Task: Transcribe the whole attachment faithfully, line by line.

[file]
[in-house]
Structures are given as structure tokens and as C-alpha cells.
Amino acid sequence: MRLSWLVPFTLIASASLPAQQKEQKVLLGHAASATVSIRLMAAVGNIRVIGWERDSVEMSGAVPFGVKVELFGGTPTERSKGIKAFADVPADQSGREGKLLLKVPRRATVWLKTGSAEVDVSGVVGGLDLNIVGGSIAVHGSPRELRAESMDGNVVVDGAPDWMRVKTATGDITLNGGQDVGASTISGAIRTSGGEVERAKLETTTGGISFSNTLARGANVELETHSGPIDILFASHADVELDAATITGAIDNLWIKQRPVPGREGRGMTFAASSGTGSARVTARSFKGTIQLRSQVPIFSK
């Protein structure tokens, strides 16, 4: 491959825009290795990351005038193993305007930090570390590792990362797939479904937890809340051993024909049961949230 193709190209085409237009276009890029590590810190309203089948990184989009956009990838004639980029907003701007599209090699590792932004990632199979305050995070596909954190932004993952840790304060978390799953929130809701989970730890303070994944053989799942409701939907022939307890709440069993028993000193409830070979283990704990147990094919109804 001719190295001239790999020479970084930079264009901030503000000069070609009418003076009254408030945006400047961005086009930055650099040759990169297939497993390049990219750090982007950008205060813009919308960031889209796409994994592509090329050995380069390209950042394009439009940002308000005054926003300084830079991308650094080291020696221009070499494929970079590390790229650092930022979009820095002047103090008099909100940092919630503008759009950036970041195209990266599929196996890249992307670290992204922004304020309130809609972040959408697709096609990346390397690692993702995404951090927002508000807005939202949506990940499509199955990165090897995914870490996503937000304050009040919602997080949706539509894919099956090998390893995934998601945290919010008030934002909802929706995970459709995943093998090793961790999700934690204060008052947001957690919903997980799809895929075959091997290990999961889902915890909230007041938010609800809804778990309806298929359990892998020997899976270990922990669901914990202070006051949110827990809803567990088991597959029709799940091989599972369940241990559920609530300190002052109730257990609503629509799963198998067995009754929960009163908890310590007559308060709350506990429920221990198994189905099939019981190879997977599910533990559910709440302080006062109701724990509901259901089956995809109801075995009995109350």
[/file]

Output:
[in-house]
Structures are given as structure tokens and as C-alpha cells.
Amino acid sequence: MRLSWLVPFTLIASASLPAQQKEQKVLLGHAASATVSIRLMAAVGNIRVIGWERDSVEMSGAVPFGVKVELFGGTPTERSKGIKAFADVPADQSGREGKLLLKVPRRATVWLKTGSAEVDVSGVVGGLDLNIVGGSIAVHGSPRELRAESMDGNVVVDGAPDWMRVKTATGDITLNGGQDVGASTISGAIRTSGGEVERAKLETTTGGISFSNTLARGANVELETHSGPIDILFASHADVELDAATITGAIDNLWIKQRPVPGREGRGMTFAASSGTGSARVTARSFKGTIQLRSQVPIFSK
């Protein structure tokens, strides 16, 4: 491959825009290795990351005038193993305007930090570390590792990362797939479904937890809340051993024909049961949230 193709190209085409237009276009890029590590810190309203089948990184989009956009990838004639980029907003701007599209090699590792932004990632199979305050995070596909954190932004993952840790304060978390799953929130809701989970730890303070994944053989799942409701939907022939307890709440069993028993000193409830070979283990704990147990094919109804 001719190295001239790999020479970084930079264009901030503000000069070609009418003076009254408030945006400047961005086009930055650099040759990169297939497993390049990219750090982007950008205060813009919308960031889209796409994994592509090329050995380069390209950042394009439009940002308000005054926003300084830079991308650094080291020696221009070499494929970079590390790229650092930022979009820095002047103090008099909100940092919630503008759009950036970041195209990266599929196996890249992307670290992204922004304020309130809609972040959408697709096609990346390397690692993702995404951090927002508000807005939202949506990940499509199955990165090897995914870490996503937000304050009040919602997080949706539509894919099956090998390893995934998601945290919010008030934002909802929706995970459709995943093998090793961790999700934690204060008052947001957690919903997980799809895929075959091997290990999961889902915890909230007041938010609800809804778990309806298929359990892998020997899976270990922990669901914990202070006051949110827990809803567990088991597959029709799940091989599972369940241990559920609530300190002052109730257990609503629509799963198998067995009754929960009163908890310590007559308060709350506990429920221990198994189905099939019981190879997977599910533990559910709440302080006062109701724990509901259901089956995809109801075995009995109350």